More Kiwis Turning to Alternative Therapies

Increasing numbers of Kiwis are following a global trend towards alternative therapies in recent years, according to new data.

Complementary and alternative medicine (CAM) is an umbrella term describing a diverse range of health systems, modalities, and practices that are not generally considered part of conventional medicine. In New Zealand, it is estimated that there are around 70 CAM modalities available.[1]

New Google search data shows local searches for alternative medicine information were up as high as 108% last year, compared to 2019 levels. The data also shows there was a corresponding increase in searches related to anxiety over the same period.[2]

A recent study by Otago University researchers found growing acceptance of CAM among NZ’s healthcare professionals with around 25% of GPs practising some form of CAM, and 82% referring patients to CAM practitioners.[3]

Local complementary therapy providers have also reported a surge in interest in CAM modalities from Kiwis struggling – in line with a global trend.

The growth in demand has seen the opening of one of New Zealand’s largest wellbeing centres – with hundreds of CAM patients set to benefit.

The Life Centre will operate from two refurbished inner city Auckland buildings covering 680sqm from later this month. Fifteen CAM practitioners will offer over 20 therapies – ranging from Ayurvedic massage to homeopathy, kinesiology, counselling, naturopathy and Reiki.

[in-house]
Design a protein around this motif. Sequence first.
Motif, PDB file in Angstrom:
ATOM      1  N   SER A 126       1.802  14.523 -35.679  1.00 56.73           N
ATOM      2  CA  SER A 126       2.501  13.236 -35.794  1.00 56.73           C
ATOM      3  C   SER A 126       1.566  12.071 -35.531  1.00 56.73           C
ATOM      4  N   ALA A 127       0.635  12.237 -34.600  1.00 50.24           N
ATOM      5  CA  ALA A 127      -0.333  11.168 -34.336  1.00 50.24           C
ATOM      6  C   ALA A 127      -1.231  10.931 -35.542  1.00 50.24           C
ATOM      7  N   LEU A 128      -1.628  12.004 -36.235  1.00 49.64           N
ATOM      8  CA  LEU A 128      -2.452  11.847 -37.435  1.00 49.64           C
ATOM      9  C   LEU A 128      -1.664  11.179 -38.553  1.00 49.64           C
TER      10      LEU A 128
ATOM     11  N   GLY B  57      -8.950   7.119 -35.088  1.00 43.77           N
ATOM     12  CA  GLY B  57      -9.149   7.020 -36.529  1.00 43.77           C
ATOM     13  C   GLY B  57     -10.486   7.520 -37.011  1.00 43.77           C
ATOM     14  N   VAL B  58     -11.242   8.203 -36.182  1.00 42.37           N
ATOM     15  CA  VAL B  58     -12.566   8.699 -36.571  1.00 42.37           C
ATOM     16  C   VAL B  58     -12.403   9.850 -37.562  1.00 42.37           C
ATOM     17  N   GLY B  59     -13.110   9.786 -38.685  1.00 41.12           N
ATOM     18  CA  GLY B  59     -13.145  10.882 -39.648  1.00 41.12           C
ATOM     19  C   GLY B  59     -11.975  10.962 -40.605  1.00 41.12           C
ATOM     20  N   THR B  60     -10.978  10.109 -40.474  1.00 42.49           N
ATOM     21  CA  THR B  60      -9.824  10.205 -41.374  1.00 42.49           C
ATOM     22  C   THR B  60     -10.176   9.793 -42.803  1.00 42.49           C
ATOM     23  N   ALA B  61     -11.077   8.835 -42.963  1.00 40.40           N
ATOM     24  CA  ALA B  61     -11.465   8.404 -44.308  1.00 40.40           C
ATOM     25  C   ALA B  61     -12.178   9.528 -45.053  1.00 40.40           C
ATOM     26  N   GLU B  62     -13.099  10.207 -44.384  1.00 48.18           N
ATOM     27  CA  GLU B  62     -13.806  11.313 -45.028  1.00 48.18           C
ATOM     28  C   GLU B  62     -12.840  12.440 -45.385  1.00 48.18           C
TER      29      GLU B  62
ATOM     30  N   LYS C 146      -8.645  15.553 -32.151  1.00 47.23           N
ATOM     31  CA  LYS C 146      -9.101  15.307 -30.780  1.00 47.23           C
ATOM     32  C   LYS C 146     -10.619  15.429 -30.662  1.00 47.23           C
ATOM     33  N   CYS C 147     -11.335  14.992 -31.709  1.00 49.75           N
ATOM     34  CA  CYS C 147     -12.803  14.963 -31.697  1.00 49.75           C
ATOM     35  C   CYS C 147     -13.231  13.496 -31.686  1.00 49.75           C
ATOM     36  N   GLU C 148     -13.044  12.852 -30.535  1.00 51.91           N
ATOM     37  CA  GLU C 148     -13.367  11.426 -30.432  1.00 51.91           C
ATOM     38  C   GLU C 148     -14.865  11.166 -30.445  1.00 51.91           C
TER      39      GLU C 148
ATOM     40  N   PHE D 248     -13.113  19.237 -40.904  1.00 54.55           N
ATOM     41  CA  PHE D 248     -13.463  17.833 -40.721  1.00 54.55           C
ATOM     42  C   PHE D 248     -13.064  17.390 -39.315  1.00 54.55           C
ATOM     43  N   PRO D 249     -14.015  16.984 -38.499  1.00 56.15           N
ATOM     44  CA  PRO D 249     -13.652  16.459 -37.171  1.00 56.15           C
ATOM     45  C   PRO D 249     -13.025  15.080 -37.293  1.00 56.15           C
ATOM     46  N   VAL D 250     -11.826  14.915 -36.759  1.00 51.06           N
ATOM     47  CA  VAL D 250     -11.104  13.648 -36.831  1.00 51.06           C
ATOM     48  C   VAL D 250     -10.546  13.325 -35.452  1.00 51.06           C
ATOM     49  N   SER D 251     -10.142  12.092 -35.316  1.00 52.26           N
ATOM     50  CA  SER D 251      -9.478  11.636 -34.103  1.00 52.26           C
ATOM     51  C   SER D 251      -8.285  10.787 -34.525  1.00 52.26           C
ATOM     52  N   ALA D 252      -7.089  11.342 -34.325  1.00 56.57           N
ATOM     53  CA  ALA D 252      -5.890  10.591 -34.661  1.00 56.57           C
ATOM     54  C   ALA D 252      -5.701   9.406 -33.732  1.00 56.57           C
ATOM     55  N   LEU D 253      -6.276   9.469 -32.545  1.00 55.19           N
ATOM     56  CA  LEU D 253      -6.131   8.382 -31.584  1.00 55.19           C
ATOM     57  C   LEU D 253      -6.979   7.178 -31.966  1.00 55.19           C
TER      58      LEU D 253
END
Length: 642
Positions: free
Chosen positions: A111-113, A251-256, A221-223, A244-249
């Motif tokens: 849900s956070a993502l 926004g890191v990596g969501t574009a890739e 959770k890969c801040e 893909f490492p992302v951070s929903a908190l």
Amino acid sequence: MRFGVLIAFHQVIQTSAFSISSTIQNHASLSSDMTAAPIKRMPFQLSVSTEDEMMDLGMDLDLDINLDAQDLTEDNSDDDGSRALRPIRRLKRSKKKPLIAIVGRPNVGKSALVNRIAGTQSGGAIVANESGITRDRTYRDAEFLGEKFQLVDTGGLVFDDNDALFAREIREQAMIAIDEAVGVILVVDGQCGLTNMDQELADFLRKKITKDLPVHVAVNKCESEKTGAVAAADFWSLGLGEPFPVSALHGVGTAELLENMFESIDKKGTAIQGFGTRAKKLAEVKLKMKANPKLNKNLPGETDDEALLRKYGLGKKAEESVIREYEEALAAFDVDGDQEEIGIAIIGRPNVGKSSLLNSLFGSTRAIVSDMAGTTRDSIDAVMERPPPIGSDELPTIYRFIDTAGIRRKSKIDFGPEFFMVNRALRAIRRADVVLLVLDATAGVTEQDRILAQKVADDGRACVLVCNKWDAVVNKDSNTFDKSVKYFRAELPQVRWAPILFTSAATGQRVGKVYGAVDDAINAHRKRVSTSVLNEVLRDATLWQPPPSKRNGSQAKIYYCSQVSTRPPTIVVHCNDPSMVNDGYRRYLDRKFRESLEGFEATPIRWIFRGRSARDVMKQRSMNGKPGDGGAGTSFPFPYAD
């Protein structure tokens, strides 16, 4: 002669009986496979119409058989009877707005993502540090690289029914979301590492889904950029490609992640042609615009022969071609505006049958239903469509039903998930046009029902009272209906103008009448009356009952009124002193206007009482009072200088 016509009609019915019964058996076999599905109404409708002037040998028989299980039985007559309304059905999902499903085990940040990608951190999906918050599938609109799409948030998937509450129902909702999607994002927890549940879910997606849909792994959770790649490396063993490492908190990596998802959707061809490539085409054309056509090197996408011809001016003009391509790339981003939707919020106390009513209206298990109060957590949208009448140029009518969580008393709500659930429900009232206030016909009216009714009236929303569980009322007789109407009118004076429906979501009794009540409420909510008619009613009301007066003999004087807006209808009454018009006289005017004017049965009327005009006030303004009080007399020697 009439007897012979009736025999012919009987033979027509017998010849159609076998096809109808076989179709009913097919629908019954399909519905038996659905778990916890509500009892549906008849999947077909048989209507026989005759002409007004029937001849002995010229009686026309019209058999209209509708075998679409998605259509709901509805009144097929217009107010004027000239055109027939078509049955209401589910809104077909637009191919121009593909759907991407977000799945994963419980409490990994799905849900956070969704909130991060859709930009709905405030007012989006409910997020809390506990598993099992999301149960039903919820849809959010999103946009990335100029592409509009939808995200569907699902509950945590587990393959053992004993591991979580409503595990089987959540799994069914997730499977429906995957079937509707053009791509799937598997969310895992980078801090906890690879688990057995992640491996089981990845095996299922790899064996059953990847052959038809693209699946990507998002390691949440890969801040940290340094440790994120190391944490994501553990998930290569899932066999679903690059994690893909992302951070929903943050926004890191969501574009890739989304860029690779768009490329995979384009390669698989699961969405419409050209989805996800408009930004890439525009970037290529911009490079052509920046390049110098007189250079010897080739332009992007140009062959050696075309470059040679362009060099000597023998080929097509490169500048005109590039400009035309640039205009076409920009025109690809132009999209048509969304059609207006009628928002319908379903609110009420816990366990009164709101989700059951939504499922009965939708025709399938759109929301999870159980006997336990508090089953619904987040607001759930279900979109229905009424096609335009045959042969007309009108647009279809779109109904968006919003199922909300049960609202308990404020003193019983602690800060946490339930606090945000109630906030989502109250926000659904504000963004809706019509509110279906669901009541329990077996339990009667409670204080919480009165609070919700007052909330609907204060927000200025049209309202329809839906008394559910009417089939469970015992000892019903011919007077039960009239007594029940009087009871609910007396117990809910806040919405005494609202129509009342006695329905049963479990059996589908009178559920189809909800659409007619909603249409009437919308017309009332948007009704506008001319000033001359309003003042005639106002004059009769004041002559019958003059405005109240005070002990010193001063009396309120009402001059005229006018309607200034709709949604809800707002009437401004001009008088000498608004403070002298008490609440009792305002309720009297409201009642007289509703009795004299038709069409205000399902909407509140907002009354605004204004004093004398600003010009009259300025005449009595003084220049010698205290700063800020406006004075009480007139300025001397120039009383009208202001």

Director Adonia Wylie says The Life Centre mission is to empower clients to embrace a vision of whole health and well-being.

“In recent years complementary and alternative medicine has begun to shed its ‘woo-woo’ image and is becoming increasingly more mainstream as the concept of holistic healthcare is better understood.

“We know that people turn to complementary therapies for a range of reasons including; their value of the emphasis on treating the whole person, a belief that complementary therapy will be more effective for their issue, and a belief that complementary treatments will enable them to take a more active part in maintaining their own well-being.

“What we have seen with the pandemic is a global surge in the levels of anxiety and stress related conditions and international studies which have explored the role of CAM in treating various psychological symptoms,” she says.[4]

The centre will be supported by a charitable trust funded by a legacy left by businessman and philanthropist Ashton Wylie. The Life Centre is also an educational facility, with rooms for hire for workshops such as meditation, yoga and breathwork.

For more information, visit thelifecentre.nz

-ENDS-


[1] Ministerial Advisory Committee on Complementary and Alternative Health. Complementary and Alternative Medicine: Current Policies and Policy Issues in New Zealand and Selected Countries. A Discussion Document 2003. Wellington: Ministry of Health; 2003.

[2] Google Trends data for NZ. Accessible here.

[3] Liu, L., Tang, Y., Baxter, G.D. et al. Complementary and alternative medicine – practice, attitudes, and knowledge among healthcare professionals in New Zealand: an integrative review. BMC Complement Med Ther 21, 63 (2021). Accessible here.

[4] Badakhsh, Mahin, Dastras, Majid, Sarchahi, Zohreh, Doostkami, Mahboobe, Mir, Adel and Bouya, Salehoddin. “Complementary and alternative medicine therapies and COVID-19: a systematic review” Reviews on Environmental Health, vol. , no. , 2021, pp. 000010151520210012. Accessible here.

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